As we go about our busy daily lives, we understandably often forget that we are part of a much bigger picture. To stay connected, we might watch the news. Our news, however, is largely focused on what is happening to our fellow humans. What is gravely lacking from the media is a continuous reminder that we are not alone. No, I am not referring to aliens, but they may as well be unless you live like Tarzan. I am speaking about our fellow species. Other than our pets, we are not exposed to many of our fellow land and ocean species. Since they are not part of our daily lives, how many of us realize that we are we silently witnessing an animal apocalypse? We are currently in the world’s 6th mass extinction phase. All caused by humans and climate change. And the latter is caused by humans as 97% of climate scientists agree. It was just discovered that, due to warmer waters induced by climate change, 900 miles of the Great Barrier Reef has been severely bleached. Most of it happened in 2016 alone. This is a shocking travesty. The current list of endangered species is well beyond alarming. Some of the large mammals may have caught our attention: an elephant is brutally poached for its tusks every 15 minutes; tigers are cruelly killed for their skins and parts; rhinos are now being savagely killed in sanctuaries and zoos for their horns. Many people, including Trump and his administration, think animals and the environment exist on this planet purely for human purposes. Once protected in the U.S., animals such as bears and wolves are now allowed to be killed while sleeping in their dens with their babies. Companies are now allowed to extract natural resources from U.S. national reserves. A list of public animal abusers has now been concealed by the U.S. government.
Overfished species are facing extinction including those that get caught in illegal fishing nets, such as the beautiful vaquita. With less than 60 left on our planet, it is the most endangered marine mammal in the world. That title used to belong to the baiji, the Yangtze River freshwater dolphin, until it became EXTINCT in 2006… I have not even scratched the overwhelming surface of the animals we are affecting, let alone plants and insects. So amidst all of the darkness and downpour of despair, is there any ray of hope for the future of Earth’s species? Or is it time to build another Noah’s Ark?
I believe that there is still hope. Here are some uplifting reasons that keeps hope alive:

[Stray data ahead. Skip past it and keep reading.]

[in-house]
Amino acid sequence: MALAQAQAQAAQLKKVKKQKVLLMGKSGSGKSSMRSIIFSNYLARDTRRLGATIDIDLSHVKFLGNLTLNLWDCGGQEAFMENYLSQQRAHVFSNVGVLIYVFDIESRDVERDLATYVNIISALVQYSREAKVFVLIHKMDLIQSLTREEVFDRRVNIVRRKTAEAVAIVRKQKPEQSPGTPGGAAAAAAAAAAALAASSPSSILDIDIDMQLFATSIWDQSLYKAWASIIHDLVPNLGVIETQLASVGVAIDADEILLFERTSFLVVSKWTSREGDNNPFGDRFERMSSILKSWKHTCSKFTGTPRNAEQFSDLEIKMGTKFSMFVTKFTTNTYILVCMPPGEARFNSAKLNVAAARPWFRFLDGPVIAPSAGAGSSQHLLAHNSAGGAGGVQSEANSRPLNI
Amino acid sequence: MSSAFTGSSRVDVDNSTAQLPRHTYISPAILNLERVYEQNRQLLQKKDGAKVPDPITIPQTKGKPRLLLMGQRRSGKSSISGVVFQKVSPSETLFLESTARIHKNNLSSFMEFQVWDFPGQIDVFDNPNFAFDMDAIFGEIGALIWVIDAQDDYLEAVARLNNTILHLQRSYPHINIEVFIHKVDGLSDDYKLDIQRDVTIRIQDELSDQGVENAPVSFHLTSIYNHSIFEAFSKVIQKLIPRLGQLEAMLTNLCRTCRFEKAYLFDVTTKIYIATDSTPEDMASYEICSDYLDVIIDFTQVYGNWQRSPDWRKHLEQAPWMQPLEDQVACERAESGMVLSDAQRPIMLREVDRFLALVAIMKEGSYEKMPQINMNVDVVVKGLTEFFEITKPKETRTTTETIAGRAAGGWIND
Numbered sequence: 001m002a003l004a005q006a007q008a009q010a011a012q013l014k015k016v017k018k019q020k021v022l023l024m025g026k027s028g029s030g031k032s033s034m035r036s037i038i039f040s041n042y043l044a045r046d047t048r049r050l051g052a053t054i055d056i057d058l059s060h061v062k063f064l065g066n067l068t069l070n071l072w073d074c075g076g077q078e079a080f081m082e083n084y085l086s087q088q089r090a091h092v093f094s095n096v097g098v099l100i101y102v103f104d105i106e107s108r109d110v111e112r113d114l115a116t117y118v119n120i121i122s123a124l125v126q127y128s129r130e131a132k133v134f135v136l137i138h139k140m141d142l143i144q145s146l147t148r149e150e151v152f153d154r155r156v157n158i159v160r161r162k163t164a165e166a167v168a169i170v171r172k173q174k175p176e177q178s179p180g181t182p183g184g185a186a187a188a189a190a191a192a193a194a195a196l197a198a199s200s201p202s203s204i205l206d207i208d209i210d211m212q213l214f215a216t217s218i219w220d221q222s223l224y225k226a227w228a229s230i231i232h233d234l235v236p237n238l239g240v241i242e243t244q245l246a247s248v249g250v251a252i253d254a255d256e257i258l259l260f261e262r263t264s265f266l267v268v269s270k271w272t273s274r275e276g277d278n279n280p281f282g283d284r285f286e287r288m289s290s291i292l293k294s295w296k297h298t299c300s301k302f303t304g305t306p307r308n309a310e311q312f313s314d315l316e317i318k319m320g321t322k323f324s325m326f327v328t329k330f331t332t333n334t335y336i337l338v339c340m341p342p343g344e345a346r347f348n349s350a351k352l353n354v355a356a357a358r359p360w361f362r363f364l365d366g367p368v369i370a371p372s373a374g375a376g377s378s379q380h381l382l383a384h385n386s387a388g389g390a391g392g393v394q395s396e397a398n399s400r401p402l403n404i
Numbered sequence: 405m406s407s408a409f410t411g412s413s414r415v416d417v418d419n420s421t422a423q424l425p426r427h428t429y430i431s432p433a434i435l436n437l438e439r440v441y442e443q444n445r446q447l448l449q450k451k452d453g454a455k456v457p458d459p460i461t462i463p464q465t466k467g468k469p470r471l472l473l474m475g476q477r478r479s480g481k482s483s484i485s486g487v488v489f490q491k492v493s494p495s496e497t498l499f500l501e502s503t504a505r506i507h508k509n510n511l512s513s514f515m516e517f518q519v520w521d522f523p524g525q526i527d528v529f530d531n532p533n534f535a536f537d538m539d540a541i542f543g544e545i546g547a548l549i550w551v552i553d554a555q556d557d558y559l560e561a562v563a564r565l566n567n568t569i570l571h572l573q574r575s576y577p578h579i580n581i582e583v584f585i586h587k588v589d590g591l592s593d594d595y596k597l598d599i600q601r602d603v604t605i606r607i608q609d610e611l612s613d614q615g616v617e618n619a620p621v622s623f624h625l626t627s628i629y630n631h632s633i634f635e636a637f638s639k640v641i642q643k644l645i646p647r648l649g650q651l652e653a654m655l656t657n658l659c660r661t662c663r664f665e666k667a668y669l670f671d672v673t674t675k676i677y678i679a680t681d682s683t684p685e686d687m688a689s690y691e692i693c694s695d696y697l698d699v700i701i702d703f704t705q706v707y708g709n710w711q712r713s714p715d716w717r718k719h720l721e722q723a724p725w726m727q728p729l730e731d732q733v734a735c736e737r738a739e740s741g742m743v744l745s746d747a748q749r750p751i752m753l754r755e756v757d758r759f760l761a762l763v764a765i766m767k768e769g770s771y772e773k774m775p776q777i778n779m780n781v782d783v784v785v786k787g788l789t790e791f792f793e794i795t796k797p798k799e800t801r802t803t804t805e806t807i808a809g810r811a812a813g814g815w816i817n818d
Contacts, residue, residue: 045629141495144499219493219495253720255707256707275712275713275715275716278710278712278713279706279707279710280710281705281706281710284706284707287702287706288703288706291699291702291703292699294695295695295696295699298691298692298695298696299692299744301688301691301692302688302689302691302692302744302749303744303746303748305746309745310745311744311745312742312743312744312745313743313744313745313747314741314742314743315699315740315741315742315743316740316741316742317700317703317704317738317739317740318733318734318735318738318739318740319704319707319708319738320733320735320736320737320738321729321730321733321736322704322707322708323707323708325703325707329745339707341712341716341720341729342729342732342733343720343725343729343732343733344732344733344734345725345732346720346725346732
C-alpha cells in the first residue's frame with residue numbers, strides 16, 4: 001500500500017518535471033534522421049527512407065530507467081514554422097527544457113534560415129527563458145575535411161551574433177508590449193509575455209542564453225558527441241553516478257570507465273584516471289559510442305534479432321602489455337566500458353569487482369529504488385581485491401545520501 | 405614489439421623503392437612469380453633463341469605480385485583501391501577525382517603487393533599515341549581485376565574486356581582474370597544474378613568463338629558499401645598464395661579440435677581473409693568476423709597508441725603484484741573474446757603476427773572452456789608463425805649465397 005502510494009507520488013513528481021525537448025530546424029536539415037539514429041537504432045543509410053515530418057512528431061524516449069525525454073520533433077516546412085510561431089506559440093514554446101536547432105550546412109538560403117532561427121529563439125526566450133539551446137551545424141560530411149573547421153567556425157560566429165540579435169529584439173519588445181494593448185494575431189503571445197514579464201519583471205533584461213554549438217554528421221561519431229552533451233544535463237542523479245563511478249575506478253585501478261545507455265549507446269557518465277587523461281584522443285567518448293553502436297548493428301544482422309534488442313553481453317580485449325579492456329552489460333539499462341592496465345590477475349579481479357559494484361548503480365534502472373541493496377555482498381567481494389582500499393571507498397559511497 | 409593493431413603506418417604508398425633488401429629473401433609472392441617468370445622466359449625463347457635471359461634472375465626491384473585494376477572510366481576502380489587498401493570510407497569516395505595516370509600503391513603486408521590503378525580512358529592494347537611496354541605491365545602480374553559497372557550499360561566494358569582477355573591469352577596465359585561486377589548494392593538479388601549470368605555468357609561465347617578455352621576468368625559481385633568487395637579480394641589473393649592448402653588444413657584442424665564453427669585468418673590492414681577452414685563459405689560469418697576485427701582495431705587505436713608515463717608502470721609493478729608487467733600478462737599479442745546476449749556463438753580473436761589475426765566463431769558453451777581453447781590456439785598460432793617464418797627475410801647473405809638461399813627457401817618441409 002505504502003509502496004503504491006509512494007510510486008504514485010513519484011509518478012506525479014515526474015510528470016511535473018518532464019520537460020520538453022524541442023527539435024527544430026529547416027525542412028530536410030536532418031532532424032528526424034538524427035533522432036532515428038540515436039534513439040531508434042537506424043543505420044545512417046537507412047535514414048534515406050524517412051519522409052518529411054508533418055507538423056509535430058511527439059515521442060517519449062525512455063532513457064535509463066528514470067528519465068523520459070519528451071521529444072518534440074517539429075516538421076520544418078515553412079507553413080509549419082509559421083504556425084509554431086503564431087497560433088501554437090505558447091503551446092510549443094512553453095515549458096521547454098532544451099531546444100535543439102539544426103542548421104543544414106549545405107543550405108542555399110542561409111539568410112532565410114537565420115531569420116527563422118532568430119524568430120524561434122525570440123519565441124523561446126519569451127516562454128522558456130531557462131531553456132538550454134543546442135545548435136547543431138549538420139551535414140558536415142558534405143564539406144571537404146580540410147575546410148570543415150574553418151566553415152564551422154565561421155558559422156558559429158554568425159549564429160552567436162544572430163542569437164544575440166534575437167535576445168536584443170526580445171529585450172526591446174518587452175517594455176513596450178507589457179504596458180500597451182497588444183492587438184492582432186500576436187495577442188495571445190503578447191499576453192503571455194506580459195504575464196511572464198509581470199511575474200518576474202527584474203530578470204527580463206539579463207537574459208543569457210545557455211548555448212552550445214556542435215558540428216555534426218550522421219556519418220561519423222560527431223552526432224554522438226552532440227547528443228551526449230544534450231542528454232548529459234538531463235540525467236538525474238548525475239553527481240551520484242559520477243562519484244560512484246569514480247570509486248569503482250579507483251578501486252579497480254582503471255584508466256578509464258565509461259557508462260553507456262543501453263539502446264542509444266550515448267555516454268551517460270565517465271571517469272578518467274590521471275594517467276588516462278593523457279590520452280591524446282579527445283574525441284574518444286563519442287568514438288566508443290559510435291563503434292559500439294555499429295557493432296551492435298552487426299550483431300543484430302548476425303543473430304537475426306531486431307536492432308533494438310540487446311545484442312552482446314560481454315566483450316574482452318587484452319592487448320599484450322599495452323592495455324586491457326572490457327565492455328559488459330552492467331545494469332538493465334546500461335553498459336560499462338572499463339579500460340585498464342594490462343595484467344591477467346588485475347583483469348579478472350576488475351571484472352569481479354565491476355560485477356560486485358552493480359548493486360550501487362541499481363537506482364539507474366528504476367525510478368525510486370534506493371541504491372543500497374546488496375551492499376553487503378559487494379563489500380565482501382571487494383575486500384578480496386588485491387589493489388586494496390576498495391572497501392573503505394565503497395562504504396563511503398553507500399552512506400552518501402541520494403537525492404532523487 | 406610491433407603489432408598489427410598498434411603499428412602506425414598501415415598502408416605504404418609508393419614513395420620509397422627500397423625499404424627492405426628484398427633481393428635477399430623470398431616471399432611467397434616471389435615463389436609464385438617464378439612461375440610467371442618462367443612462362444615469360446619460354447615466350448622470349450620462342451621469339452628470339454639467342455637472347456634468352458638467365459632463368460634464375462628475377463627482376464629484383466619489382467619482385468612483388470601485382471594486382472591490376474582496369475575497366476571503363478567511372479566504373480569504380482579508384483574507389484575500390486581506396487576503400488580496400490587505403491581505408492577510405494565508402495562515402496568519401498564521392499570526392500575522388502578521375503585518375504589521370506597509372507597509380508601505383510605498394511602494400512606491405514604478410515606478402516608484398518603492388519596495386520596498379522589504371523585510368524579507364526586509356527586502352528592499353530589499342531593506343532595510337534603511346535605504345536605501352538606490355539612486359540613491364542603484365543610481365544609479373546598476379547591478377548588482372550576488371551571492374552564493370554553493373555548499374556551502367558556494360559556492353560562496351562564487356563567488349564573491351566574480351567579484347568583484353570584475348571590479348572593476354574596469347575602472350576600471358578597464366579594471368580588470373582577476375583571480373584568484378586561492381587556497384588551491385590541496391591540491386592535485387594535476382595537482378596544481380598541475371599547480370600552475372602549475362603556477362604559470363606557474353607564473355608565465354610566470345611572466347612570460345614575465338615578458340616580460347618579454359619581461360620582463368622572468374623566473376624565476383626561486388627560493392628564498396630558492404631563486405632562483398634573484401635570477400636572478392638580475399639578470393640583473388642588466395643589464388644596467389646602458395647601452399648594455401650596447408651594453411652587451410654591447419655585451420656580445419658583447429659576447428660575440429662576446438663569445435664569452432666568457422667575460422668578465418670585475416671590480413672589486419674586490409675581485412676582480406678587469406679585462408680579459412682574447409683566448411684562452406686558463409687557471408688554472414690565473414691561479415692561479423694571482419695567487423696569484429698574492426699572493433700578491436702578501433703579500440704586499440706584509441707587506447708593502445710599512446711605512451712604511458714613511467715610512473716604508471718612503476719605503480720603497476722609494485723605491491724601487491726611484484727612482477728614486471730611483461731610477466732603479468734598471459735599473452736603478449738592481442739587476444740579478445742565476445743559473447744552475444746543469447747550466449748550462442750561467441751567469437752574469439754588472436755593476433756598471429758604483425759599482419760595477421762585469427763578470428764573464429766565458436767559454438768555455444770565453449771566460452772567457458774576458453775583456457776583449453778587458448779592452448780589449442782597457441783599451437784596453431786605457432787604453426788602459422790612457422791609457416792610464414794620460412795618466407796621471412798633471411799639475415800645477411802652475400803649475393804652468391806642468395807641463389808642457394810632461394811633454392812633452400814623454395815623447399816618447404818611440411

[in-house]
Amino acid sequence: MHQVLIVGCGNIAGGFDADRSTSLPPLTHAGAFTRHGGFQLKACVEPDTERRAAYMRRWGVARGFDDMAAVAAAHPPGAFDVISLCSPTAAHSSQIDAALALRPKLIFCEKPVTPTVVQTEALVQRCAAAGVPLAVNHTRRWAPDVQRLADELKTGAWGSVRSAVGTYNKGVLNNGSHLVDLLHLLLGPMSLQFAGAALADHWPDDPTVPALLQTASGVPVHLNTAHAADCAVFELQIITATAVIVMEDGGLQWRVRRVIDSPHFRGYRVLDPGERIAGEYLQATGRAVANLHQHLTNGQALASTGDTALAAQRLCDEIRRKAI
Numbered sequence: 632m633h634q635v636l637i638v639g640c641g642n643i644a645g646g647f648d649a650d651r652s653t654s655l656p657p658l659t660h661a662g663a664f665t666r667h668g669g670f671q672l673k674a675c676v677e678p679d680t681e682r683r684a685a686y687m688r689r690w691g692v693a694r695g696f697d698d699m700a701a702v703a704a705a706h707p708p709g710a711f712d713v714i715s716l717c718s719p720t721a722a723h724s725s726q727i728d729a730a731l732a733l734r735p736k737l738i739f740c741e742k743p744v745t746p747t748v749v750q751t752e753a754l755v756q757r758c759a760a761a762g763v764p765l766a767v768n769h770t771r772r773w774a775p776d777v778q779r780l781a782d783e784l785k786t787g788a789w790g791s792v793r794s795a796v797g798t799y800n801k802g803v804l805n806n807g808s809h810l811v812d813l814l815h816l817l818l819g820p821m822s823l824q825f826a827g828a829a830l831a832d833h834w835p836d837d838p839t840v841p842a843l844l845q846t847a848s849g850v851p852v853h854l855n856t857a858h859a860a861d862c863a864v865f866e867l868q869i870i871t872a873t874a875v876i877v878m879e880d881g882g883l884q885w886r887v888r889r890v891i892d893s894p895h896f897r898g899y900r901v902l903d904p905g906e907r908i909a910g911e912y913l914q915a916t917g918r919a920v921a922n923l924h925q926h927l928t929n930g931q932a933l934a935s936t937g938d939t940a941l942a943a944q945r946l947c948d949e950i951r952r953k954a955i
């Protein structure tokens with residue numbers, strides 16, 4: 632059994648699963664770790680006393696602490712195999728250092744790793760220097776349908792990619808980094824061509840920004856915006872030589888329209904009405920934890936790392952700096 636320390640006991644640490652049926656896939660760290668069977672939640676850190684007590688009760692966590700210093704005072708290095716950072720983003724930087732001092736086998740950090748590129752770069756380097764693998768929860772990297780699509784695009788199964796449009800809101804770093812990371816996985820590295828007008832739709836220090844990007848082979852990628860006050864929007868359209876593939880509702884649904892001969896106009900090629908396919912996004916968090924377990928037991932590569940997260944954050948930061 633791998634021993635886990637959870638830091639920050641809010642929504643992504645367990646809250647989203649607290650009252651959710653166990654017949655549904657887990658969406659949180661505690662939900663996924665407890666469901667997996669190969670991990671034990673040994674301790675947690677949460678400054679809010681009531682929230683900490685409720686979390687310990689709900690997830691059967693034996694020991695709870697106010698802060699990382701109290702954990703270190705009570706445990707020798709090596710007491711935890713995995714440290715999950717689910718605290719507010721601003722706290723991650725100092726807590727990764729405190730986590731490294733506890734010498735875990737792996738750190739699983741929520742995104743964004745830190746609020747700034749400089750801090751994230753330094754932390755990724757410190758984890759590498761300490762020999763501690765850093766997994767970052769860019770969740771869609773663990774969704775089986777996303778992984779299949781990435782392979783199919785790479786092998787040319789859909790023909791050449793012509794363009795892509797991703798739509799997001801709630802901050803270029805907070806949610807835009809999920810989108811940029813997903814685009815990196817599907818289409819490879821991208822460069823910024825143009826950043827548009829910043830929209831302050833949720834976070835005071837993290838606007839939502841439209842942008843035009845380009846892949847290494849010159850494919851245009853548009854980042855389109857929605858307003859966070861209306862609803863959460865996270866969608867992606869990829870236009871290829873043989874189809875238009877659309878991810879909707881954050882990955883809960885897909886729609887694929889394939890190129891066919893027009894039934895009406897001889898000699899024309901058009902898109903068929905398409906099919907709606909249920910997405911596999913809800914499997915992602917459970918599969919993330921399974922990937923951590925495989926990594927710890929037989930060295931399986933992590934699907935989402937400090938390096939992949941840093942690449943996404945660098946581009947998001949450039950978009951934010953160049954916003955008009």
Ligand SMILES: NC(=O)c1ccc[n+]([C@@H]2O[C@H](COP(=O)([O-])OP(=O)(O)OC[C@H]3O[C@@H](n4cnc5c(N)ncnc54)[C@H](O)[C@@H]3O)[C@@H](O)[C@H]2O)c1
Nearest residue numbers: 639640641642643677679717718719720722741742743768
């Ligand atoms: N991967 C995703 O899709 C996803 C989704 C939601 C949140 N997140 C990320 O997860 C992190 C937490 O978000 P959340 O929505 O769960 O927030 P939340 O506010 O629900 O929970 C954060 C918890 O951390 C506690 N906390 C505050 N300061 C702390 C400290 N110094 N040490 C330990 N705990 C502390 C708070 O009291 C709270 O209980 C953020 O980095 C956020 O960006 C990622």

- Something incredible is happening in some courts around the world. The intrinsic value of nature and wildlife is being recognized. They are being granted the same rights as human beings. For example, in India, dolphins living in captivity have been given “nonhuman rights.” Aquariums and waterparks exploiting dolphins have been banned since 2013. In November 2016, Cecelia, a captive zoo chimpanzee in Argentina, was given nonhuman status so that she could live out her remaining years in a sanctuary. The Nonhuman Rights Project is the only civil rights organization in the U.S. that actively works through litigation “to secure legally recognized fundamental rights for nonhuman animals.” The organization is currently fighting for Tommy and Kiko, two captive chimps featured in their popular documentary. Physical landscapes have also been given rights. In March 2017, an Indian court granted the Ganges and Yamuna rivers, sacred to Hindus, the same protective rights as people. Also in March 2017, New Zealand’s parliament granted human legal status to the Whanganui river, which is sacred to the Maori people.
- After much public outcry and tireless efforts from organizations, China has finally decided to take action to help the elephant crisis. The government has held public displays of burning ivory to take a stand against the ivory market. In December 2016, China announced that all ivory trade would be shut down by the end of 2017. Ivory factories are closing and the government is assisting carvers to transition to other work. The consequence of this monumental decision is already showing in ivory sales. Save the Elephants reported that in 2014, the wholesale price of ivory was $1200 per kilogram. A few months into 2017, the price has dropped to $730. That is great news for elephants!
- In Thailand this year, thanks to increased anti-poaching efforts, a new breeding population of the critically endangered Indochinese tiger was found—with six cubs! In Australia, a search is now on for the Tasmanian tiger, once believed to be extinct.
- There are many #RESIST campaigns in the U.S. and they keep on growing. People have decided that they will not let the new government detrimentally harm the environment and wildlife. They are making their voices heard and are taking concrete actions to fight back.
- And what about our little vaquita? The Sea Shepherd Conservation Society is taking the reins to save this species by partnering with the government of Mexico with Operation Milagro III. Milagro means “miracle” in Spanish—appropriate since they are trying desperately to save it from being wiped off of our planet forever.
Hopefully I have inspired you to feel hope as well. Hope, however, is not enough. ACTION from caring people is what has made all of this possible. Imagine what we could do if more people got onboard. So how about we all agree that we never allow our animals to board another Noah’s Ark because they all belong right here beside us—as rightful citizens of planet Earth and with rights of their own to live and thrive. There is no time to waste as the extinction clock is ticking. Together, let’s protect nature and our nonhuman friends—now.